Residential property owners who have a valued cherry tree might not be pleased to see silk tents emerge in the limbs every springtime. In vast numbers, tent caterpillars could consume practically all the leaves on a tree. If you take some time to observe them in action, you’ll soon see they’re brilliant insects. These intriguing facts about tent caterpillars might alter your opinion of these common pests.
Caterpillars are Sociable
It isn’t a coincidence that numerous tent caterpillars hang out collectively in a silk tent. Caterpillars are extremely social beings. There are over 25 known species of tent caterpillars, and every one of them displays social behaviors.
The Silk Tent Functions as Their Home Base
Not all caterpillars build permanent, huge tents. However, some use their family tent as an operational base through the larval life stage. Eastern tent caterpillars start their lives by picking a location to construct their home. The tiny caterpillars search for a tree crotch that gets morning sun, and then each spins silk to add to their tent’s creation.
Early instar caterpillars only need a small tent. However, as they grow, they increase their tent to house their larger size. Before every hunting trip, they fix and maintain their dwelling—the tent functions as a resting place between meals where the caterpillars get some safety from their predators.
Caterpillars use Pheromones to Mark Trails
Numerous insects use chemical markers to talk to each other. Eastern tent caterpillars leave pheromone trails to beckon their siblings. Caterpillars do things in a somewhat unique way, using various pheromones to mark recruitment trails and exploratory trails. When a wandering caterpillar comes across an exploratory pheromone trail, it realizes another caterpillar is already surveying that limb for food and goes another way.
If they find a limb flush with leaves, it beckons others to join the meal using its pheromones. If you spend time studying this species, you’ll observe it stops and inhales when it gets to the fork of a tree branch, trying to decide which direction to go.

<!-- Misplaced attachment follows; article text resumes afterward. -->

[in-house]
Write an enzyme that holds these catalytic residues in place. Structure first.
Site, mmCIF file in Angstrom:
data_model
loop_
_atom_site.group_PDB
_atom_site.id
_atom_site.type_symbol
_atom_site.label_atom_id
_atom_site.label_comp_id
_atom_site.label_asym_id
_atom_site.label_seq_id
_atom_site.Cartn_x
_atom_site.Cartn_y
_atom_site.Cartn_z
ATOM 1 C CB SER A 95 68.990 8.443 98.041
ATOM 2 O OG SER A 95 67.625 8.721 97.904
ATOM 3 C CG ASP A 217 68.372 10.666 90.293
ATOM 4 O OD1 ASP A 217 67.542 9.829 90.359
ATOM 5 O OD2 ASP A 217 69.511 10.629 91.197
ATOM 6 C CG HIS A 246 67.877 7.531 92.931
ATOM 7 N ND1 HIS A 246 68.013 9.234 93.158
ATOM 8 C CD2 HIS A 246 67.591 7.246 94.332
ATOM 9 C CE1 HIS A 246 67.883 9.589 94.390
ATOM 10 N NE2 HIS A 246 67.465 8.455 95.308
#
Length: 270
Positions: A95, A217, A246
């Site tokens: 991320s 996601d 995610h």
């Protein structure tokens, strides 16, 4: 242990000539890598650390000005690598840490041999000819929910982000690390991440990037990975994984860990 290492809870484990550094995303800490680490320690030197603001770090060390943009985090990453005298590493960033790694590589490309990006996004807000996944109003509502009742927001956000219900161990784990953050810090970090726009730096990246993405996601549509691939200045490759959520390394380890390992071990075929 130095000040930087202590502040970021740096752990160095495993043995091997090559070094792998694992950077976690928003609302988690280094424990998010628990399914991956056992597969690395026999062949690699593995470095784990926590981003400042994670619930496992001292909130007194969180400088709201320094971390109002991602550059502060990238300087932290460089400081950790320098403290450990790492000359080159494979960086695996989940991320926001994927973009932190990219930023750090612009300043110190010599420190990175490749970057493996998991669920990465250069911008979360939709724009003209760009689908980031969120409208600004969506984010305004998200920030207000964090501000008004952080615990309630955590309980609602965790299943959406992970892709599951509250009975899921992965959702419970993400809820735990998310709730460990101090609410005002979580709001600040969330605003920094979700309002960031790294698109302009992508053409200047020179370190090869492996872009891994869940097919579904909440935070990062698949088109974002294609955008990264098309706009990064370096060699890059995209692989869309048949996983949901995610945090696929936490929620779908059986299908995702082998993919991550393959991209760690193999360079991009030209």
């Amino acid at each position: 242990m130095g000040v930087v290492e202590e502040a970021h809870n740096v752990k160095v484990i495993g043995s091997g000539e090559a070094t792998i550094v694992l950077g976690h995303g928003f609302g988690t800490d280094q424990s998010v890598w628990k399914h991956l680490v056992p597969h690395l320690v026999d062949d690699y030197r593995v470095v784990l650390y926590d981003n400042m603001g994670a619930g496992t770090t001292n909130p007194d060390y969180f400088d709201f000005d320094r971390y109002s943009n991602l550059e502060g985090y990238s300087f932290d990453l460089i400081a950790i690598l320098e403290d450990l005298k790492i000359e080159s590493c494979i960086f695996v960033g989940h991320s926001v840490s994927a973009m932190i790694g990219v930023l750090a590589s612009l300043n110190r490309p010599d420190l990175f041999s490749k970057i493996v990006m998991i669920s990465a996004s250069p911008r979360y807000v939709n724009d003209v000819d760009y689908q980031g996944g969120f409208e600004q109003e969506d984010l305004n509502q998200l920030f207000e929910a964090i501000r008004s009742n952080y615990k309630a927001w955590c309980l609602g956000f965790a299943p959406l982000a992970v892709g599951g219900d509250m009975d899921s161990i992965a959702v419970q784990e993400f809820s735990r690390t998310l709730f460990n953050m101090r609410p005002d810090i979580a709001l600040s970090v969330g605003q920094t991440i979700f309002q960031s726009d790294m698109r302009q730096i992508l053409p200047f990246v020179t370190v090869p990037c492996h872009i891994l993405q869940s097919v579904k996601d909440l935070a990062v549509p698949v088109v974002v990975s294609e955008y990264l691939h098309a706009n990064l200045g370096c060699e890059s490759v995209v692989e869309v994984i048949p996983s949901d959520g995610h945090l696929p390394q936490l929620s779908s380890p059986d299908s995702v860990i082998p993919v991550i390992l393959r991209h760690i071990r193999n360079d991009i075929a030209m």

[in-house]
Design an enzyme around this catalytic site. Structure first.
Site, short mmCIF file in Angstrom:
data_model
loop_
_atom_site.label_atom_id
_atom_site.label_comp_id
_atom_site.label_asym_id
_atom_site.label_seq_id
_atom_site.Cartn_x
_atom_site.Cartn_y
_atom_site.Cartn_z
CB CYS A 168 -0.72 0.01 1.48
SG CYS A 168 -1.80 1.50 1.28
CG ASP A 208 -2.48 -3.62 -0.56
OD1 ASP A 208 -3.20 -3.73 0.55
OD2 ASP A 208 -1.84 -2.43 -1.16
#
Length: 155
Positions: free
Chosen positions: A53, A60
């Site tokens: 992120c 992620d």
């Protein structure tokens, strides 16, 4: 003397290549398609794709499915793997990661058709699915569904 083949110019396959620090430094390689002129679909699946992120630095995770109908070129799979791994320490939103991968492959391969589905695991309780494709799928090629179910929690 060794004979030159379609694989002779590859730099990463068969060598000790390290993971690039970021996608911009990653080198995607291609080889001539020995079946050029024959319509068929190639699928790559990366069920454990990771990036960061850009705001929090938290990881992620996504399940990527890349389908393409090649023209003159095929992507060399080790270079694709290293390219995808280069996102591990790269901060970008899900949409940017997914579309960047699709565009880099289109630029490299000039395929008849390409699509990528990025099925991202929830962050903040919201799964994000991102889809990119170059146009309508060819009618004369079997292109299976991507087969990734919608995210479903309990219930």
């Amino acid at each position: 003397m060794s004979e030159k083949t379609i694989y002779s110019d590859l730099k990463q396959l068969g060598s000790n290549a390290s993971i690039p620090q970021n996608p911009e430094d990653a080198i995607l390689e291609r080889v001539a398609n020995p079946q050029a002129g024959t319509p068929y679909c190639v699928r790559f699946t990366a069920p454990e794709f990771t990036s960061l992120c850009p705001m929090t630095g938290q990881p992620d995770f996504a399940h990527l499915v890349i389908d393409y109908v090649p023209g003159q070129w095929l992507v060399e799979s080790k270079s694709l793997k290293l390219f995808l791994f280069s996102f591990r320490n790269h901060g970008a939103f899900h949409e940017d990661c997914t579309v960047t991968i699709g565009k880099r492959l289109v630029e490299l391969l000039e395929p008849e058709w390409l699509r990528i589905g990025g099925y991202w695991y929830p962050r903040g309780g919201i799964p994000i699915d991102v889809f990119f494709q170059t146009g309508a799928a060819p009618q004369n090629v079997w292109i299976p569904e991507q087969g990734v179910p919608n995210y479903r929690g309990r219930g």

They Keep Each Other Warm
Temperatures might alter, and nights could be cold. Eastern tent caterpillars do behavioral thermoregulation, taking steps together to regulate their body temperature. If they want to warm up, they might lie in the sun outside of their tent.
Typically, they’ll gather together in tight clusters to reduce the impact of the wind. They construct the tent in layers, which lets them travel from level to level as the temperature necessitates. Conversely, if it gets too hot in the tent, the caterpillars will go over to the shady side and hang themselves separately to let it circulate between them.
They Can Cause Abortions in Mares
Grazing mares could easily consume caterpillars in the springtime, which is trouble for horse owners. Though usually harmless, tiny hairs known as setae cover these caterpillars. Setae could pierce a mare’s digestive tract wall. Contamination of the mare’s intestines creates bacteria in the amniotic sac and reproductive organs.
After eating some caterpillars, pregnant mares may suddenly abort their late-term fetuses. A condition called mare reproductive loss syndrome (MRLS). During the times when caterpillar numbers are soaring, foal losses can be significant. Donkeys and mules could also abort their growing young after consuming them.
Outbreaks are Cyclical
Tent caterpillars are native forest pests. Despite their insatiable appetites, trees can recover from the harm they inflict. Some years are worse than others for invasions. The population of caterpillars peaks every 10 to 15 years, creating significant damage to trees. Luckily, these trends are cyclical. Therefore, after an exceptionally intense infestation year, there is usually a drop in the number of caterpillars.
For more information on tent caterpillars, talk to the experts at Tree Worx.